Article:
August 28, 2023


China to extend GM crop trial across provinces amid food security concerns



China has unveiled plans to expand its trial of genetically modified (GM) corn and soybeans to encompass 20 counties spanning five provinces, as the nation's focus on food security intensifies, South China Morning Post reported.


The provinces of Hebei, Jilin, Sichuan, Yunnan, and Inner Mongolia Autonomous Region will collectively contribute to this extended trial. The initiative, which originated with soybean field testing in 2021 before extending to farms in Inner Mongolia and Yunnan in subsequent years, will further be supported by GM seed production in the northwestern Gansu province, as announced by China's Ministry of Agriculture and Rural Affairs.


Citing the vital role of GM technology in augmenting crop yields, mitigating losses from pests, diseases, and weeds, and reducing the utilisation of chemical pesticides and labour costs, the ministry emphasised the irreplaceable impact of agricultural GM technology.


The recent uncertainties arising from the pandemic, geopolitical tensions including the Russian-Ukraine conflict, and broader international frictions have amplified food security concerns in China, the world's largest food consumer.


Attributing heightened resistance against grassland pests and weeds, GM corn and soybeans have exhibited yield increments ranging from 5.6% to 11.6%, as per the ministry's findings.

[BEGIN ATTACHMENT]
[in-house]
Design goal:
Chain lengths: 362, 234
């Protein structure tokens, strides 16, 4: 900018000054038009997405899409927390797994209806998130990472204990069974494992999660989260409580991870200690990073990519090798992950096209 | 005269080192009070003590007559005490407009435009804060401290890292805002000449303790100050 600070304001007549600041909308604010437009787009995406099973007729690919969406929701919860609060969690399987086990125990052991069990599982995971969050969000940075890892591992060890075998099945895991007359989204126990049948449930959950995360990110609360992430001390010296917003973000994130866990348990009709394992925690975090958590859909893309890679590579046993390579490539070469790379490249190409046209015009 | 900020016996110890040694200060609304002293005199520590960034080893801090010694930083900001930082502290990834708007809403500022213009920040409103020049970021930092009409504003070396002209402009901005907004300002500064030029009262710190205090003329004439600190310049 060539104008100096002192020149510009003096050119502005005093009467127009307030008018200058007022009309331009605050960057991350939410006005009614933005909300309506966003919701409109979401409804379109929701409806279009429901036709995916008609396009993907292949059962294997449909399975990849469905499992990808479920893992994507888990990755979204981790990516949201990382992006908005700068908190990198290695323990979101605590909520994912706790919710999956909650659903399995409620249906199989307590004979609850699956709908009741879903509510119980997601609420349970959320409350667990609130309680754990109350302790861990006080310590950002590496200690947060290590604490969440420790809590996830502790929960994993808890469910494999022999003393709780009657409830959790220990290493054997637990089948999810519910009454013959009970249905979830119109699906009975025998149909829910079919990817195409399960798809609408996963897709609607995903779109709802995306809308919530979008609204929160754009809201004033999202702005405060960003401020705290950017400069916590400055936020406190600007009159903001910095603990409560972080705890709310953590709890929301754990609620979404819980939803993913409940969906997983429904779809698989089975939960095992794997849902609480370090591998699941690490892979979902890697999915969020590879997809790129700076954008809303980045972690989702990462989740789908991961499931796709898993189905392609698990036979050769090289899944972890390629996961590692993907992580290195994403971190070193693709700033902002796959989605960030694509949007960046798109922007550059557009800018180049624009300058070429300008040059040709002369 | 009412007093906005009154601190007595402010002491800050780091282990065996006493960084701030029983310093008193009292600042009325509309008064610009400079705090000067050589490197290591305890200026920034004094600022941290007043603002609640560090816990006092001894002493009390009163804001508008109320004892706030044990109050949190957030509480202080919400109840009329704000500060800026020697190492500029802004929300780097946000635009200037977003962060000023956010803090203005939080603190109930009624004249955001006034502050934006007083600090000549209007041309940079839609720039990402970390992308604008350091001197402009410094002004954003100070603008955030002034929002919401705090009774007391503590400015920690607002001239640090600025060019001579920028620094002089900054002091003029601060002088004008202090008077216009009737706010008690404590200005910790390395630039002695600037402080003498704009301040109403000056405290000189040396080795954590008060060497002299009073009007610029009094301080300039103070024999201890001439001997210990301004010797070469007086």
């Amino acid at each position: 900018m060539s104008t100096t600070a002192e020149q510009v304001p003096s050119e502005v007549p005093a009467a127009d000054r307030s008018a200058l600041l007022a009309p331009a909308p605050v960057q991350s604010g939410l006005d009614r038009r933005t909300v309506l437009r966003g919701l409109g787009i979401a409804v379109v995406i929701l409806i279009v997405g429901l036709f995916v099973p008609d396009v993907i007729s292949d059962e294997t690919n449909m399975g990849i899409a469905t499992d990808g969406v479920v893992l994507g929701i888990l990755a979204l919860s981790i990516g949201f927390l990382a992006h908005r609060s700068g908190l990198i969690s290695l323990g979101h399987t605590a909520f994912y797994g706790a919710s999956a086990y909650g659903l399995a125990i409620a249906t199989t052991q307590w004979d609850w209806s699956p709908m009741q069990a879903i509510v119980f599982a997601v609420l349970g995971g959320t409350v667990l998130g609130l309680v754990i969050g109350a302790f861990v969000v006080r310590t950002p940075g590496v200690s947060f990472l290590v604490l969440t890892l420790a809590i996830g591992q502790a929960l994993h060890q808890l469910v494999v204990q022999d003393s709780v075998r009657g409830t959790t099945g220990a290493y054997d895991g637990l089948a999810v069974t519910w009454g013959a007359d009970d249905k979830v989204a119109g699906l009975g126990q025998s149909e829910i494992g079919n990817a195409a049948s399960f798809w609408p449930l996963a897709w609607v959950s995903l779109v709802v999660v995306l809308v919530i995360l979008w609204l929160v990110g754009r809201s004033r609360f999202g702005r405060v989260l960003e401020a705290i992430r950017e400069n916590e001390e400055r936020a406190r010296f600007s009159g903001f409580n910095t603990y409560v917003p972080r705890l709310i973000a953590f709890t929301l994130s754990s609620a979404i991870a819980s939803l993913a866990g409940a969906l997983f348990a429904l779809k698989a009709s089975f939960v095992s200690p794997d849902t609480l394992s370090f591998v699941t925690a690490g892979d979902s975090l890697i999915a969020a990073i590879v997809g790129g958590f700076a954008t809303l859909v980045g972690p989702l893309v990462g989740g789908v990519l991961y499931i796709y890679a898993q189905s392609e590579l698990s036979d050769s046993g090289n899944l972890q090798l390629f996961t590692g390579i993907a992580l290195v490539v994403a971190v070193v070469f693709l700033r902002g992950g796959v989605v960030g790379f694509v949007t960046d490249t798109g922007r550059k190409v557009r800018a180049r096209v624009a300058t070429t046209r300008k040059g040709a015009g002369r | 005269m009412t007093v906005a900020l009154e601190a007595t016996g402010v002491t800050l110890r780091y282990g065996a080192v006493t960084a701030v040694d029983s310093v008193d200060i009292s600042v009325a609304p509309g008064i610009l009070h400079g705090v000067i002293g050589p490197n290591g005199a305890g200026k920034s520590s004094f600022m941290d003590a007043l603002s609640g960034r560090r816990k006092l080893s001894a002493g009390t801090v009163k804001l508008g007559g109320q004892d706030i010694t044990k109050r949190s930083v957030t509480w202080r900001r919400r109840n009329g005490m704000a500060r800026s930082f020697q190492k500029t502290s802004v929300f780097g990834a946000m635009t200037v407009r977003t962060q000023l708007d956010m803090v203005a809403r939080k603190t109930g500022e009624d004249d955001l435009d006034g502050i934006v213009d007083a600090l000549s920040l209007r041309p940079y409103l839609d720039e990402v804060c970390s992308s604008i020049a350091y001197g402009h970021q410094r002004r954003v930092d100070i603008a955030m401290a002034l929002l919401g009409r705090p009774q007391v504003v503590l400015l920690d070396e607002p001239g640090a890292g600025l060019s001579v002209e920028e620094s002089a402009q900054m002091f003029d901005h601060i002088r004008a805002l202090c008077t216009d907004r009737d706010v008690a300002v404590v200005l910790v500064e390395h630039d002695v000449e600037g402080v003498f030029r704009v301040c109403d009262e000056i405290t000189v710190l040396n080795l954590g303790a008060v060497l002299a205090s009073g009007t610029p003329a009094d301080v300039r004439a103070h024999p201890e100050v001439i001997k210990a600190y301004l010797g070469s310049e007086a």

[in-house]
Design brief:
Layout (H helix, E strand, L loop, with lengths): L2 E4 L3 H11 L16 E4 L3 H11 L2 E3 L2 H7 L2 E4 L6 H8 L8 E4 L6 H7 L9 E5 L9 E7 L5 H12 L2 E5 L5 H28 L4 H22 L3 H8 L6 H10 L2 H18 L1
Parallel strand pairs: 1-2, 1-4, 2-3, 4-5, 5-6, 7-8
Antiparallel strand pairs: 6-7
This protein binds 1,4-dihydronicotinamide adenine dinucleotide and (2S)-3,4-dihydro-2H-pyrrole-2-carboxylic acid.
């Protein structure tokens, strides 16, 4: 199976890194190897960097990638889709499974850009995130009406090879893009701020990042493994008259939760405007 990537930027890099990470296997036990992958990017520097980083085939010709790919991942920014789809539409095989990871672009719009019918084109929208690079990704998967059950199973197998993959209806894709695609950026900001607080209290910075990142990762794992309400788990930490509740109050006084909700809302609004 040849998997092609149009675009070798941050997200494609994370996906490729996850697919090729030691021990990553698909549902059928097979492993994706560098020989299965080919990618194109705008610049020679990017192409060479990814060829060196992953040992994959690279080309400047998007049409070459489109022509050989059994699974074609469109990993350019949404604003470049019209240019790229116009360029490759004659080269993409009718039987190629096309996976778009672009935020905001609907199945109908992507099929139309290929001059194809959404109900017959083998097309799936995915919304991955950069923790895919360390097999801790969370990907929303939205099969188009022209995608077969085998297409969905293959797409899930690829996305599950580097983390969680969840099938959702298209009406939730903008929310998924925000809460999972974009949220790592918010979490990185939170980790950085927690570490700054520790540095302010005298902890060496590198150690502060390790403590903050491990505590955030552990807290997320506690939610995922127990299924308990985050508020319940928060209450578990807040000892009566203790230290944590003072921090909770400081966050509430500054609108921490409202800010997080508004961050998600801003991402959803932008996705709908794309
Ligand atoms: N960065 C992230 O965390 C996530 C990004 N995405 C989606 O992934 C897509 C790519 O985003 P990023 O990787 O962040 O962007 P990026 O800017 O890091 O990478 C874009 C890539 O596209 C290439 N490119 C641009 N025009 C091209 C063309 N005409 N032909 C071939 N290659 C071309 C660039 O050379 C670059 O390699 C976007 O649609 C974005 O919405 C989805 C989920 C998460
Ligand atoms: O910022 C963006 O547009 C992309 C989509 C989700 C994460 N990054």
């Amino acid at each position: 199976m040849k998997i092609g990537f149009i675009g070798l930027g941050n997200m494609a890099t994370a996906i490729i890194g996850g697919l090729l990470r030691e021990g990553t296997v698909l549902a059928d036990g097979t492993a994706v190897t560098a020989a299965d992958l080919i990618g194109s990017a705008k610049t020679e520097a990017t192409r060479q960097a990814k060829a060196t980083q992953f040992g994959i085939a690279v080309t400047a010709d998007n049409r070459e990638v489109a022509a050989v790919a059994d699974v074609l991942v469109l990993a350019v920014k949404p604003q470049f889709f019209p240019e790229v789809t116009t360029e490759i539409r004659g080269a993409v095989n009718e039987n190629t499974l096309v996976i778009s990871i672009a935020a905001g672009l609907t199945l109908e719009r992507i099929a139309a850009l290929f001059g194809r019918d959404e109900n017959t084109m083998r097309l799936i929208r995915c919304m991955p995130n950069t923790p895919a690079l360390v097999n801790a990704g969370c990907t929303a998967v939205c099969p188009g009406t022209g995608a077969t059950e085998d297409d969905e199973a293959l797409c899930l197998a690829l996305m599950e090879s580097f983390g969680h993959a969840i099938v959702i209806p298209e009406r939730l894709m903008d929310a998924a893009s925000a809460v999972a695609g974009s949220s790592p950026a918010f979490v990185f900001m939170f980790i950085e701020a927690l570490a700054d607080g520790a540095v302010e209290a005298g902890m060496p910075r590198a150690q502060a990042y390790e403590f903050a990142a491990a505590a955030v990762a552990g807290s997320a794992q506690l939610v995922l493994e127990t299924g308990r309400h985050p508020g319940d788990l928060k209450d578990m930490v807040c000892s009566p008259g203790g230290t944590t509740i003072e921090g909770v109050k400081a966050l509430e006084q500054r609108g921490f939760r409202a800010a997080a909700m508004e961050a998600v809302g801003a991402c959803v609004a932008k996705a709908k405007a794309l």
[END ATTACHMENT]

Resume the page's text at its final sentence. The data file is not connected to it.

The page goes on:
In response to lingering suspicions and unfounded rumours linking GM food to cancer and infertility, the ministry provided numerous instances and declarations to dispel doubts. It affirmed the safety of GM food products that have undergone marketing approval.


To ensure food safety and maintain industrial order, the ministry committed to heightened legal supervision of the GM breeding sector, concurrently fostering pilot initiatives.


Dr Zhu Zhen, a researcher at the Institute of Genetics and Developmental Biology at the Chinese Academy of Sciences, noted the need for a counter-disinformation campaign regarding GM foods and how public resistance has spurred China's GM crop promotion. He also speculated on the possibility of extending GM technology to vegetables, fruits, and other new varieties in the future.


As part of its ongoing efforts to bolster self-reliance and diminish food security vulnerabilities, Beijing has worked to elevate domestic production of soybeans and corn, thereby reducing dependence on foreign markets. China's self-sufficiency in soybeans rose from 15% in 2021 to 18.5% in 2022, with a pledge to elevate it to 30.7% within a decade, according to China's agriculture ministry.


Echoing these developments, a research report by Tianfeng Securities said that GM technology could significantly elevate corn yields by 7% to 17% and decrease pesticide application by 60 percent, alleviating supply-demand disparities.


Widening the adoption of GM technology aligns with China's strategic interests to bridge the gap between corn and soybean supply and demand, mitigating dependence on international markets.


China also introduced initiatives to safeguard seed sources and boost self-sufficiency in core livestock and poultry seed breeding sources.


-      South China Morning Post

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